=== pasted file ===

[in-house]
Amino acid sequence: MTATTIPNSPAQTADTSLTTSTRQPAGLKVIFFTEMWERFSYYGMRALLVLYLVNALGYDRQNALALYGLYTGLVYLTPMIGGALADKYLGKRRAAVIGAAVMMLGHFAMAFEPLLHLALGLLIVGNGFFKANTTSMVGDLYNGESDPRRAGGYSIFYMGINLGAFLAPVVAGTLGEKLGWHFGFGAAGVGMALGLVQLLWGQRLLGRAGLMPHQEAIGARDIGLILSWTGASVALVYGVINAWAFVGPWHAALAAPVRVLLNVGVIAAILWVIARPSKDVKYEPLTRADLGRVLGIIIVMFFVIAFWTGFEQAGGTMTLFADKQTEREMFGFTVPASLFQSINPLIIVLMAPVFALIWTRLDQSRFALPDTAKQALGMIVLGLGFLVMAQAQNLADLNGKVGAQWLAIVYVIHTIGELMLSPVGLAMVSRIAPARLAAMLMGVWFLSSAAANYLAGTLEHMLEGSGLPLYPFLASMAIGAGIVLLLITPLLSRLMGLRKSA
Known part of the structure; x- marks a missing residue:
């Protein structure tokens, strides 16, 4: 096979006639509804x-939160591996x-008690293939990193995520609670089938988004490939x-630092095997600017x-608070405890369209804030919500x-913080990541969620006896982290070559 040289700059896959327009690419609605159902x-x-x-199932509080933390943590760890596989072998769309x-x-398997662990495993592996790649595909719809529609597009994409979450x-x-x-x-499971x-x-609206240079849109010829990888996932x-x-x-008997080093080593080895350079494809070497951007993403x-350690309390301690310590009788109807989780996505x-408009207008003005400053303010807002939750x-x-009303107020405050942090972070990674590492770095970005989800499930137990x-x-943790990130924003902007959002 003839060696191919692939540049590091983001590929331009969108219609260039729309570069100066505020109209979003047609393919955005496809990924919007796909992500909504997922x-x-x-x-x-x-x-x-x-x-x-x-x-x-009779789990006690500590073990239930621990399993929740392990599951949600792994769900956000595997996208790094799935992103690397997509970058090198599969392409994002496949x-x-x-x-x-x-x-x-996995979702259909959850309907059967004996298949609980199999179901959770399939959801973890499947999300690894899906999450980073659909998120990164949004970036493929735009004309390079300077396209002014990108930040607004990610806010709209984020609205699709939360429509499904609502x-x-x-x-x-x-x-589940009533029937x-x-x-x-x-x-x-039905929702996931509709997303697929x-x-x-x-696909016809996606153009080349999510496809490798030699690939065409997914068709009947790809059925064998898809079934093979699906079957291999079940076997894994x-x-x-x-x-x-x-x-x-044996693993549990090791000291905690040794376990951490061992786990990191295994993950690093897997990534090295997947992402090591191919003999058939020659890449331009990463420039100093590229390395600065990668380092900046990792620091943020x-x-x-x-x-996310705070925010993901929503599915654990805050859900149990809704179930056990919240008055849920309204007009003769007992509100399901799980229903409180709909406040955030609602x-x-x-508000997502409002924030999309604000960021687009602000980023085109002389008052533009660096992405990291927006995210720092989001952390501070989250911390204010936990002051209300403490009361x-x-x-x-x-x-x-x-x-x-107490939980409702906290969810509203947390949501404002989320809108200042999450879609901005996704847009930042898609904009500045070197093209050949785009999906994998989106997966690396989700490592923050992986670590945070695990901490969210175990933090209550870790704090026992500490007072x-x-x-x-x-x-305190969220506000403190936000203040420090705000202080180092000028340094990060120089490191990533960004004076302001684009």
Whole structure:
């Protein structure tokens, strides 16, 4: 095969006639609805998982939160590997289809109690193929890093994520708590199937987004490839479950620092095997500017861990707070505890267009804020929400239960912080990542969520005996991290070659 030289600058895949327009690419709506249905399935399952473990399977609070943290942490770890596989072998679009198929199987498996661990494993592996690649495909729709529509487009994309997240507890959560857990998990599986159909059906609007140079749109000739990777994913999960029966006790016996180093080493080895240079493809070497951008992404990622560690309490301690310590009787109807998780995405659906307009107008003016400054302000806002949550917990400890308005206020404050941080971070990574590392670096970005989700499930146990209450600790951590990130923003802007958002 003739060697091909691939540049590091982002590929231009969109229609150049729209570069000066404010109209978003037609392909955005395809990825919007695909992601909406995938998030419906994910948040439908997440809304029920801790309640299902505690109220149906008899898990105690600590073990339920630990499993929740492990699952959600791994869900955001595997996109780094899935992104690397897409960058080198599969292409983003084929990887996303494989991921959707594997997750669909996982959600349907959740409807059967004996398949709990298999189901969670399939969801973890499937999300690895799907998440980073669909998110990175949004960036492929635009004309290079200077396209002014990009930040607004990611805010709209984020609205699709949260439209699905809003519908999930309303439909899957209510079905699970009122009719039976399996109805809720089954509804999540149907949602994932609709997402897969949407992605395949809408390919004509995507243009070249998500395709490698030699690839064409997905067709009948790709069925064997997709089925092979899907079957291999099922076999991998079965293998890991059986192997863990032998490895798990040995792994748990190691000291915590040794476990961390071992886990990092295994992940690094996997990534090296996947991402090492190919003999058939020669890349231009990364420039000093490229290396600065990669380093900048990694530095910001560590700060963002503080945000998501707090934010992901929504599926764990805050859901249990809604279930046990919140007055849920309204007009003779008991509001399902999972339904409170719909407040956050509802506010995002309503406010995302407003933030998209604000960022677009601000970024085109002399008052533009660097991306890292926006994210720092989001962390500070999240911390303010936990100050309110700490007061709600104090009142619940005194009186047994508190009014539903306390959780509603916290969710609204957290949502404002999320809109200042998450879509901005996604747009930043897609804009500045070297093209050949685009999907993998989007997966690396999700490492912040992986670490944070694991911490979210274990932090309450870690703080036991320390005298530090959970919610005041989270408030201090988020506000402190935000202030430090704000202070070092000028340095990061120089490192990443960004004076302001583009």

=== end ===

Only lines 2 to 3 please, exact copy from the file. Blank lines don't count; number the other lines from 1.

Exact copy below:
Amino acid sequence: MTATTIPNSPAQTADTSLTTSTRQPAGLKVIFFTEMWERFSYYGMRALLVLYLVNALGYDRQNALALYGLYTGLVYLTPMIGGALADKYLGKRRAAVIGAAVMMLGHFAMAFEPLLHLALGLLIVGNGFFKANTTSMVGDLYNGESDPRRAGGYSIFYMGINLGAFLAPVVAGTLGEKLGWHFGFGAAGVGMALGLVQLLWGQRLLGRAGLMPHQEAIGARDIGLILSWTGASVALVYGVINAWAFVGPWHAALAAPVRVLLNVGVIAAILWVIARPSKDVKYEPLTRADLGRVLGIIIVMFFVIAFWTGFEQAGGTMTLFADKQTEREMFGFTVPASLFQSINPLIIVLMAPVFALIWTRLDQSRFALPDTAKQALGMIVLGLGFLVMAQAQNLADLNGKVGAQWLAIVYVIHTIGELMLSPVGLAMVSRIAPARLAAMLMGVWFLSSAAANYLAGTLEHMLEGSGLPLYPFLASMAIGAGIVLLLITPLLSRLMGLRKSA
Known part of the structure; x- marks a missing residue: